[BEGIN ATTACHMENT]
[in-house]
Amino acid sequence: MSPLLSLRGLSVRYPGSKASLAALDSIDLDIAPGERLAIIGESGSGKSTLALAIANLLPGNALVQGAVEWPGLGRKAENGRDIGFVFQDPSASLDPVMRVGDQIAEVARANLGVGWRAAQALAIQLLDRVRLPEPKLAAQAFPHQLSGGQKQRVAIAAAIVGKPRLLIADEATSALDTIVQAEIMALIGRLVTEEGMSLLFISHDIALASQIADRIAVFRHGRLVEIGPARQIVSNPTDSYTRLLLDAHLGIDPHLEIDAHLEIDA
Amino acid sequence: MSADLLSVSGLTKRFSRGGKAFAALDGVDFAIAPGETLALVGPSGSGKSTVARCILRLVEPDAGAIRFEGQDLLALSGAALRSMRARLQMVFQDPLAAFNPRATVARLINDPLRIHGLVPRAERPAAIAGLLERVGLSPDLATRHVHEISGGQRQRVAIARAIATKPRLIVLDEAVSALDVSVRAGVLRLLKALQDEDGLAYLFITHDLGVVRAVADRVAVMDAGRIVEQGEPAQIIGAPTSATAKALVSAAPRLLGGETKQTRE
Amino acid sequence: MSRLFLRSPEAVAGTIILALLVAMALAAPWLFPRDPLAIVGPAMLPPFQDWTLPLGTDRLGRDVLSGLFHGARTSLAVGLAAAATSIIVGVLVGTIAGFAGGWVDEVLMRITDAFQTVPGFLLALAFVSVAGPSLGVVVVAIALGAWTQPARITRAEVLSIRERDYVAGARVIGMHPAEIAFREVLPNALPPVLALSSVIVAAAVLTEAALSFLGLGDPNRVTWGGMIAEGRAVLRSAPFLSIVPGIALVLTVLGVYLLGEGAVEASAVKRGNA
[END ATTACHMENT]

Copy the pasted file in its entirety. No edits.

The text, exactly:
[in-house]
Amino acid sequence: MSPLLSLRGLSVRYPGSKASLAALDSIDLDIAPGERLAIIGESGSGKSTLALAIANLLPGNALVQGAVEWPGLGRKAENGRDIGFVFQDPSASLDPVMRVGDQIAEVARANLGVGWRAAQALAIQLLDRVRLPEPKLAAQAFPHQLSGGQKQRVAIAAAIVGKPRLLIADEATSALDTIVQAEIMALIGRLVTEEGMSLLFISHDIALASQIADRIAVFRHGRLVEIGPARQIVSNPTDSYTRLLLDAHLGIDPHLEIDAHLEIDA
Amino acid sequence: MSADLLSVSGLTKRFSRGGKAFAALDGVDFAIAPGETLALVGPSGSGKSTVARCILRLVEPDAGAIRFEGQDLLALSGAALRSMRARLQMVFQDPLAAFNPRATVARLINDPLRIHGLVPRAERPAAIAGLLERVGLSPDLATRHVHEISGGQRQRVAIARAIATKPRLIVLDEAVSALDVSVRAGVLRLLKALQDEDGLAYLFITHDLGVVRAVADRVAVMDAGRIVEQGEPAQIIGAPTSATAKALVSAAPRLLGGETKQTRE
Amino acid sequence: MSRLFLRSPEAVAGTIILALLVAMALAAPWLFPRDPLAIVGPAMLPPFQDWTLPLGTDRLGRDVLSGLFHGARTSLAVGLAAAATSIIVGVLVGTIAGFAGGWVDEVLMRITDAFQTVPGFLLALAFVSVAGPSLGVVVVAIALGAWTQPARITRAEVLSIRERDYVAGARVIGMHPAEIAFREVLPNALPPVLALSSVIVAAAVLTEAALSFLGLGDPNRVTWGGMIAEGRAVLRSAPFLSIVPGIALVLTVLGVYLLGEGAVEASAVKRGNA